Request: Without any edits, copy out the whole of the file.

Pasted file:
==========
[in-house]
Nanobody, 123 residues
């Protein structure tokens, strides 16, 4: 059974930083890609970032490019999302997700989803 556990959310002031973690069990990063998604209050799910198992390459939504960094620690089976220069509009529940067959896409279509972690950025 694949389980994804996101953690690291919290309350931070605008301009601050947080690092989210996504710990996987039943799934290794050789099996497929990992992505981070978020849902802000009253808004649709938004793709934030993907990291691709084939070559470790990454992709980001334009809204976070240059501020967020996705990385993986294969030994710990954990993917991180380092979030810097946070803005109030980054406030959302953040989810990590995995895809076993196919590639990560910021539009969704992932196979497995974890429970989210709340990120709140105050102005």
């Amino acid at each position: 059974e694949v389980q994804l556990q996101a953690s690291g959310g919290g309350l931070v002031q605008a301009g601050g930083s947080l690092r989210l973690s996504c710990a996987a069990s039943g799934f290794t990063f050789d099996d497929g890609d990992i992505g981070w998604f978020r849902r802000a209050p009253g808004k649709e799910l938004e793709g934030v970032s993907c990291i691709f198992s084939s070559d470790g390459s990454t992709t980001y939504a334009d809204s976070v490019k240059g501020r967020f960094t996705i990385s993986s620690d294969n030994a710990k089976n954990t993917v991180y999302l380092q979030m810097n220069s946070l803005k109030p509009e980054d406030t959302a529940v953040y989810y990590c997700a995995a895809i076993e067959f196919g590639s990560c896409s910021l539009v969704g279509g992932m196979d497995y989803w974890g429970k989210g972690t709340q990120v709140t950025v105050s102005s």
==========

[in-house]
Nanobody, 123 residues
């Protein structure tokens, strides 16, 4: 059974930083890609970032490019999302997700989803 556990959310002031973690069990990063998604209050799910198992390459939504960094620690089976220069509009529940067959896409279509972690950025 694949389980994804996101953690690291919290309350931070605008301009601050947080690092989210996504710990996987039943799934290794050789099996497929990992992505981070978020849902802000009253808004649709938004793709934030993907990291691709084939070559470790990454992709980001334009809204976070240059501020967020996705990385993986294969030994710990954990993917991180380092979030810097946070803005109030980054406030959302953040989810990590995995895809076993196919590639990560910021539009969704992932196979497995974890429970989210709340990120709140105050102005």
């Amino acid at each position: 059974e694949v389980q994804l556990q996101a953690s690291g959310g919290g309350l931070v002031q605008a301009g601050g930083s947080l690092r989210l973690s996504c710990a996987a069990s039943g799934f290794t990063f050789d099996d497929g890609d990992i992505g981070w998604f978020r849902r802000a209050p009253g808004k649709e799910l938004e793709g934030v970032s993907c990291i691709f198992s084939s070559d470790g390459s990454t992709t980001y939504a334009d809204s976070v490019k240059g501020r967020f960094t996705i990385s993986s620690d294969n030994a710990k089976n954990t993917v991180y999302l380092q979030m810097n220069s946070l803005k109030p509009e980054d406030t959302a529940v953040y989810y990590c997700a995995a895809i076993e067959f196919g590639s990560c896409s910021l539009v969704g279509g992932m196979d497995y989803w974890g429970k989210g972690t709340q990120v709140t950025v105050s102005s």